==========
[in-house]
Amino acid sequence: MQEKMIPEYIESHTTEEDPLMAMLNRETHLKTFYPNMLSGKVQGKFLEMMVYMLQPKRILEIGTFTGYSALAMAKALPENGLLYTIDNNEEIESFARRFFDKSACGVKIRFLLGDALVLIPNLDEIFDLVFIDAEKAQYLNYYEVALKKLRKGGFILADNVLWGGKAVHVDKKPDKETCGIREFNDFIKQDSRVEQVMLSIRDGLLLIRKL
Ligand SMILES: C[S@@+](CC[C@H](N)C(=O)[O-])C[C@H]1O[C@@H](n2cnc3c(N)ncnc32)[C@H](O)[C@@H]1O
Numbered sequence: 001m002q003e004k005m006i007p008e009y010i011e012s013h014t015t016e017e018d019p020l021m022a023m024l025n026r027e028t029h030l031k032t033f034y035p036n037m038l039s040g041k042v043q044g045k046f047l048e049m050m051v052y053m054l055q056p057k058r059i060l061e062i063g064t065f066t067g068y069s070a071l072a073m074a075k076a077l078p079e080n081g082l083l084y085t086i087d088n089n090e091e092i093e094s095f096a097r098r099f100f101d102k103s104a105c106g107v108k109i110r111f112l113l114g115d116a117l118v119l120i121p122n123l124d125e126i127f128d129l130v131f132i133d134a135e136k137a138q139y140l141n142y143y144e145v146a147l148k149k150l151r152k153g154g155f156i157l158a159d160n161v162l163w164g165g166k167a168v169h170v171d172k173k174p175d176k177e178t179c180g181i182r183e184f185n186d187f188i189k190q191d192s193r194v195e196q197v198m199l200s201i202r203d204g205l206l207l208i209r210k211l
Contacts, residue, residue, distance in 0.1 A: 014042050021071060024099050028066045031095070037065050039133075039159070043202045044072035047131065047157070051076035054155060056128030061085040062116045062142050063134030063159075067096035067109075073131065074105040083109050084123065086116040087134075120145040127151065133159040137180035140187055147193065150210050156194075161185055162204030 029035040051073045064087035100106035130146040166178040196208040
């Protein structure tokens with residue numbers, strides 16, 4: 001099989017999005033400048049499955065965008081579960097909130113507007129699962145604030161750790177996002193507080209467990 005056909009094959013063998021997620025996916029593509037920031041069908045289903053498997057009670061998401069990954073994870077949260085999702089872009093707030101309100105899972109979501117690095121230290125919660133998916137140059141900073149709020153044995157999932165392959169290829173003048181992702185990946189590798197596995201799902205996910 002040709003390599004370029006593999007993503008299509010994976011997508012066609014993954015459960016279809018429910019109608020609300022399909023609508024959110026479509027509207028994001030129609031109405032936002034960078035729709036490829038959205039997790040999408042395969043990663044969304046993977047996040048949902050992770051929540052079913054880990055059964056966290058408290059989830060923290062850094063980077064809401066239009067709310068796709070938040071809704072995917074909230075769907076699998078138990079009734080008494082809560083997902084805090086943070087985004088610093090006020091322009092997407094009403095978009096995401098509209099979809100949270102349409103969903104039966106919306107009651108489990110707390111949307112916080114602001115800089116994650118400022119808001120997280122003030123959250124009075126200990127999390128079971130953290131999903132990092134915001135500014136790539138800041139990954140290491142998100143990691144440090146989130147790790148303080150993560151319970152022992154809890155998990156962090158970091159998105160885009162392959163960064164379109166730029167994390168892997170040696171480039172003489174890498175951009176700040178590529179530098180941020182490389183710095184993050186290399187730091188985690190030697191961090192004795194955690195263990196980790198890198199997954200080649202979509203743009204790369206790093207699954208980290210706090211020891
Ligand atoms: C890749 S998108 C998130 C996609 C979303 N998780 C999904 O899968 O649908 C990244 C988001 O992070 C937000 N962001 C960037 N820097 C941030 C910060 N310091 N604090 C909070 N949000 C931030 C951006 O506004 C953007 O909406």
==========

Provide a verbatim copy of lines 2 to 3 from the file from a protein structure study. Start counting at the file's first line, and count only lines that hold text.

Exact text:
Amino acid sequence: MQEKMIPEYIESHTTEEDPLMAMLNRETHLKTFYPNMLSGKVQGKFLEMMVYMLQPKRILEIGTFTGYSALAMAKALPENGLLYTIDNNEEIESFARRFFDKSACGVKIRFLLGDALVLIPNLDEIFDLVFIDAEKAQYLNYYEVALKKLRKGGFILADNVLWGGKAVHVDKKPDKETCGIREFNDFIKQDSRVEQVMLSIRDGLLLIRKL
Ligand SMILES: C[S@@+](CC[C@H](N)C(=O)[O-])C[C@H]1O[C@@H](n2cnc3c(N)ncnc32)[C@H](O)[C@@H]1O